Click on the picture below to see loads of pictures of Desmondo’s superb terrain and some shots of the game itself:
Great little battle report from Alistair Birch, lifted from the I Ain’t Been Shot, Mum Facebook Group.
It’s France, May 1940, and the Brits are conducting a holding action in the face of a German advance.
Click on the picture below to see all:
After a Soviet victory in the first battle of the campaign, this clash takes place around the small town of Osen. The Germans are holding out whilst their engineers set charges on the last remaining bridge , before withdrawing their remaining troops over the river and blowing the bridge to bits. They are outnumbered and face a swift Soviet attack that features plenty of T34s and SMG-armed tank-riders. The Russians need to drive through and capture the bridge.
Click on the picture below to see if the Soviets took the bridge.
Onto the third battle of the three that took place as part of a TTS battle day with friend Bevan. Regular visitors will know that by this time I was down two-nil, so rather keen to finish the day with a victory! The sides would be Pyrrhic (played by Bevan) and Ancient British (played by me).
The Ancient Brits are a favourite of mine: in fact, they were the army I used to use when I played WRG 6th competitions in 28mm some thirty years ago…when your chariots were known as the Ancient British Panzer Division.
Under TTS, the Ancient British have an even greater proportion of their army as light chariots than under WRG 6th, so I decided to keep things very simple and employ that well known AncBrit tactic known as “the horns of the Highland Cow”!
This actually worked surprisingly well. My light troops on either flank overwhelmed his light troops through sheer weight of numbers and, most pleasingly, before his Hoplites could start trying to chew through my warbands.
As my chariots curled around onto his rear, the Pyrrhics realised that this was not going to be a Pyrrhic victory so much as a Pyrrhic disaster, and surrendered.
End of the day score: Bevan - 2, Me - 1 .
A great days gaming with what is a delightful little rule set!
Desmondo Darkin and friends replayed the St Aubin scenario featured here a couple of days ago…so another chance to see DD’s wonderful terrain and figures in action.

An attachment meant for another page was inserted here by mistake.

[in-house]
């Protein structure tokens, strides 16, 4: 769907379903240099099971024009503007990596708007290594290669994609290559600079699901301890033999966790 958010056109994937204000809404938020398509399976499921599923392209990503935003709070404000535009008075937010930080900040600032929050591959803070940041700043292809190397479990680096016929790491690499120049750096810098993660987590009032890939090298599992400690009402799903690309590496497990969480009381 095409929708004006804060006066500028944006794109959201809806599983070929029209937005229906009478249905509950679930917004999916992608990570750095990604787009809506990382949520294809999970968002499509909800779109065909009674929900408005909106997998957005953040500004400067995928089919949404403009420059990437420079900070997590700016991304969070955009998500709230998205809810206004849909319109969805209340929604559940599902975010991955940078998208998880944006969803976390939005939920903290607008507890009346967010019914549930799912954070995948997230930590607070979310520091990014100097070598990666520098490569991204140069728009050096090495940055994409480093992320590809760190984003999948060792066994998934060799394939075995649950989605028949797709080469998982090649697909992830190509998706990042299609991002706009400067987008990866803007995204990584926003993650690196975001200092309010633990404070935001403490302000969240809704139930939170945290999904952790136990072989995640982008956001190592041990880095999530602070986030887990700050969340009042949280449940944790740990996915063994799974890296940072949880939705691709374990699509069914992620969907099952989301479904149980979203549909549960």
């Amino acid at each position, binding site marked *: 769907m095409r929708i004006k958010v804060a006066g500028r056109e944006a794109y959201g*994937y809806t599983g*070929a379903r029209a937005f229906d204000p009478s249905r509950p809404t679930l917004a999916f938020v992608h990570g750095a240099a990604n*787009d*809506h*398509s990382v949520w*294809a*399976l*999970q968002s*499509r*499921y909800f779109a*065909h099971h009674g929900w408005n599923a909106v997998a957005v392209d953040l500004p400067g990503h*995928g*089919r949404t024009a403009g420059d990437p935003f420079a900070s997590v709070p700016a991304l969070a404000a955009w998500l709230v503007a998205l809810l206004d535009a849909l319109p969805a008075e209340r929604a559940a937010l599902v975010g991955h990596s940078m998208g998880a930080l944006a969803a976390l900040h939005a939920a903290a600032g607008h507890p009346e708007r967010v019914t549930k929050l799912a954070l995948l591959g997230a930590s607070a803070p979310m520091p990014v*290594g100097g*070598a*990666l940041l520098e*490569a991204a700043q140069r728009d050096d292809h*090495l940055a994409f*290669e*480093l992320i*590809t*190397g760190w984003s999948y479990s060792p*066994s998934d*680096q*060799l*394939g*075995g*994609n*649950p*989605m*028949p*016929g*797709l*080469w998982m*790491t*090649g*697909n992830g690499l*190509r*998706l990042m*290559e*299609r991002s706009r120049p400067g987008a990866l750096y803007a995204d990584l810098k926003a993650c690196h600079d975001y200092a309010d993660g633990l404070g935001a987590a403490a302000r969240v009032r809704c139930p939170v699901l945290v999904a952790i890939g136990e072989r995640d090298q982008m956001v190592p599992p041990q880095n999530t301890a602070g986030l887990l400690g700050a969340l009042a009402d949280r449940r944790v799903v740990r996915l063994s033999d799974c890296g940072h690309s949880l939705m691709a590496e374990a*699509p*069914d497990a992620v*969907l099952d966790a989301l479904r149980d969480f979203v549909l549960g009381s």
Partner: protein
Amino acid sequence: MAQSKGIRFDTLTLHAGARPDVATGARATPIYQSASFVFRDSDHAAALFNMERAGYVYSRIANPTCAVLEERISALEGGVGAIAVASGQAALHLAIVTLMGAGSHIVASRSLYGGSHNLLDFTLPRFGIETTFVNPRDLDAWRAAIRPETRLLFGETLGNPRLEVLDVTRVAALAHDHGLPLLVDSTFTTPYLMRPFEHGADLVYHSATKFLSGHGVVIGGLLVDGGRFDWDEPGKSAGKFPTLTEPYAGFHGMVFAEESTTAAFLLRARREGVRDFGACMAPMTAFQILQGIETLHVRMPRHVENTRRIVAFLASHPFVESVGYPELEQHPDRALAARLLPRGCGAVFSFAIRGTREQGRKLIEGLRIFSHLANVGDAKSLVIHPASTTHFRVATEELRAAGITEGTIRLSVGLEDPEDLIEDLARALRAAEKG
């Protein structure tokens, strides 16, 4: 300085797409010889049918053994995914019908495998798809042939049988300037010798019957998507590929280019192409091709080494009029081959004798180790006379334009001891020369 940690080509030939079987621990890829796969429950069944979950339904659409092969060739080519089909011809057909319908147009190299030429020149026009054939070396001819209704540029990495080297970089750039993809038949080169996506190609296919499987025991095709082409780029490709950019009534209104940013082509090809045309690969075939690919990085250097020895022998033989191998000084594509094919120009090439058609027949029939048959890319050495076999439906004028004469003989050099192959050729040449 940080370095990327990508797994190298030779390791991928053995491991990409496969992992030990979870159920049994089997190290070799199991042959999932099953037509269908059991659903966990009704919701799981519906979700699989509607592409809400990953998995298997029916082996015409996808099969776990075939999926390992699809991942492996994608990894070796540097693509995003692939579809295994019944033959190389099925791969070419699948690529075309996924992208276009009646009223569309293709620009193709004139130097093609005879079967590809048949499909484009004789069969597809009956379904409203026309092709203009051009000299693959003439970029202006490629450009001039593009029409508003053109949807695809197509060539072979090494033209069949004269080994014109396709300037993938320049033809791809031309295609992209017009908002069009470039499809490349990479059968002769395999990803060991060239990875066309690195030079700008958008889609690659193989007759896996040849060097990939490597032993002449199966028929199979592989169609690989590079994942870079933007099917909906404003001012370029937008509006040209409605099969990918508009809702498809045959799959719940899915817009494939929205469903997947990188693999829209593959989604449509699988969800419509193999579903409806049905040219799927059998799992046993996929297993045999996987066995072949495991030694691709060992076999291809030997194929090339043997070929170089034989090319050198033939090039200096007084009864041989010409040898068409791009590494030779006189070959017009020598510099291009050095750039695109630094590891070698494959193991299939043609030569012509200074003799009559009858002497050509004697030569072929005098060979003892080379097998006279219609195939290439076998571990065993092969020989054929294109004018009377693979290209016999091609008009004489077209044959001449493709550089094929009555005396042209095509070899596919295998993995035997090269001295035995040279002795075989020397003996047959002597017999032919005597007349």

Click on the pic below to see all:
Some of you may know that I am currently writing the I Ain’t Been Shot, Mum theatre handbooks for the Far East, starting with the Japanese armies that invaded the Pacific region: Malaya, Burma, the Philippines, Borneo, the Dutch East Indies etc.
All the research, particularly into the 7th (Medium) Tank Regiment that fought in the Philippines, inspired me to finally get around to painting the two boxes of Type 89 Chi Ro tanks that have been sitting in my lead mountain since Salute two years ago. These I bought from Troll Trader for the princely sum of £12 each: a huge discount off ratecard at only £2.40 per tank.
These went together really nicely: even the back sled-things weren’t too hard to build. Not only that, but this makes 23 tanks consecutively from Battlefront without a single piece missing. Given my previous rants about quality control, this is a real (and very welcome) improvement.
Painting was just a matter of following the patterns shown on the box art. I now just need to tone down the gloss lacquer a bit with some mat spray.
My only disappointment was that when I went to enter my new Type 89 tanks into my Japanese roster, I found that I already had five of them, bought and painted some time previously. Ah well: you can never have too much of a good thing!
Game two of our To The Strongest battle day involved using Bevan’s collection of 28mm medievals: a clash between the Feudal French and the Feudal English.
The sides were fairly homogenous: each consisting of a core of Knights supported by some missile shooting peasants…longbows for the English, crossbows for the French. The English also had a couple of units of billmen.
We used the terrain rules as laid out in the book, which led to quite an unusual battlefield and both sides squatting opposite each other in one corner.
Bevan had warned me that TTS medieval was very little about tactics and more about just smashing into each other and trying to make sense of the resultant carnage, and he was proved quite right.